Early Buddhism was a predominantly spiritual movement which should ideally culminate in Enlightenment. Yet, it was embedded in the specific social environment of ancient India which included a hereditary caste system. Using the Buddhist Pāli texts and non-Buddhist literature from up until the last centuries BCE the article examines the four main hereditary categories (vaṇṇa, jāti, gotta, and kula) and how Early Buddhism related to them. We conclude that the Buddha and Early Buddhism did not oppose but rather confirmed the hereditary systems in society as well as its designations within the monastic community. The Buddha hereby followed the customs of earlier ascetic movements and imposed no specific rules on the monastics to eradicate their former social identity.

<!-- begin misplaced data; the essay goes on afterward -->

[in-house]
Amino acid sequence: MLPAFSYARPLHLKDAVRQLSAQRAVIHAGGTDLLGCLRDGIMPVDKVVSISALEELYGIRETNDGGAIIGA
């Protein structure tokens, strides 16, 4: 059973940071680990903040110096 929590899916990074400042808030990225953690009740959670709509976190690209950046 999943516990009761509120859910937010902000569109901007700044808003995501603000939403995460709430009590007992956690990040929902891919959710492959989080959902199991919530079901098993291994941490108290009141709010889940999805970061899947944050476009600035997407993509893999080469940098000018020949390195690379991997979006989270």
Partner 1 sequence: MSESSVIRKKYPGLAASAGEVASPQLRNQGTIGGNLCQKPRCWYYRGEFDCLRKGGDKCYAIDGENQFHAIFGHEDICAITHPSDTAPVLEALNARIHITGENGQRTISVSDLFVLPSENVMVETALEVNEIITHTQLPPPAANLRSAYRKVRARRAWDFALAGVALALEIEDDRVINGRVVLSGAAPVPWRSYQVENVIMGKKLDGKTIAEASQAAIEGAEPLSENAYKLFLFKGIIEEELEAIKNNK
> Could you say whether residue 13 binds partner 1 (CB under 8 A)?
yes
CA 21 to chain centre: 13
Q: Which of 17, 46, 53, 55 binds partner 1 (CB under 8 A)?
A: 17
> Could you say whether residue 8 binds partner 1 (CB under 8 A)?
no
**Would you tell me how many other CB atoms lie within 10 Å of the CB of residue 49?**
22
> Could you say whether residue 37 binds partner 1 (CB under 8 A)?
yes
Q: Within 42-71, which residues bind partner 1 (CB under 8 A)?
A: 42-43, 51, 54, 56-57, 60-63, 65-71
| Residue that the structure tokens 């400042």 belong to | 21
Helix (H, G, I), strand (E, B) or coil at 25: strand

Investment casting combined with the additive manufacturing technology enables production of the thin-walled elements, that are geometrically complex, precise and can be easy commercialized. This paper presents design of aluminium alloy honeycombs, which are characterized with light structure, internal parallel oriented channels and suitable stiffness. Based on 3D printed pattern the mould was prepared from standard ceramic material subjected subsequently to appropriate heat treatment. Into created mould cavity with intricate and susceptible structure molten AC 44200 aluminium alloy was poured under low pressure. Properly designed gating system and selected process parameters enabled to limit the shrinkage voids, porosities and misruns. Compression examination performed in two directions showed different mechanisms of cell deformation. Characteristic plateau region of stress-strain curves allowed to determine absorbed energy per unit volume, which was 485 or 402 J/mm3 depending on load direction. Elaborated technology will be applied for the production of honeycomb based elements designated for energy absorption capability.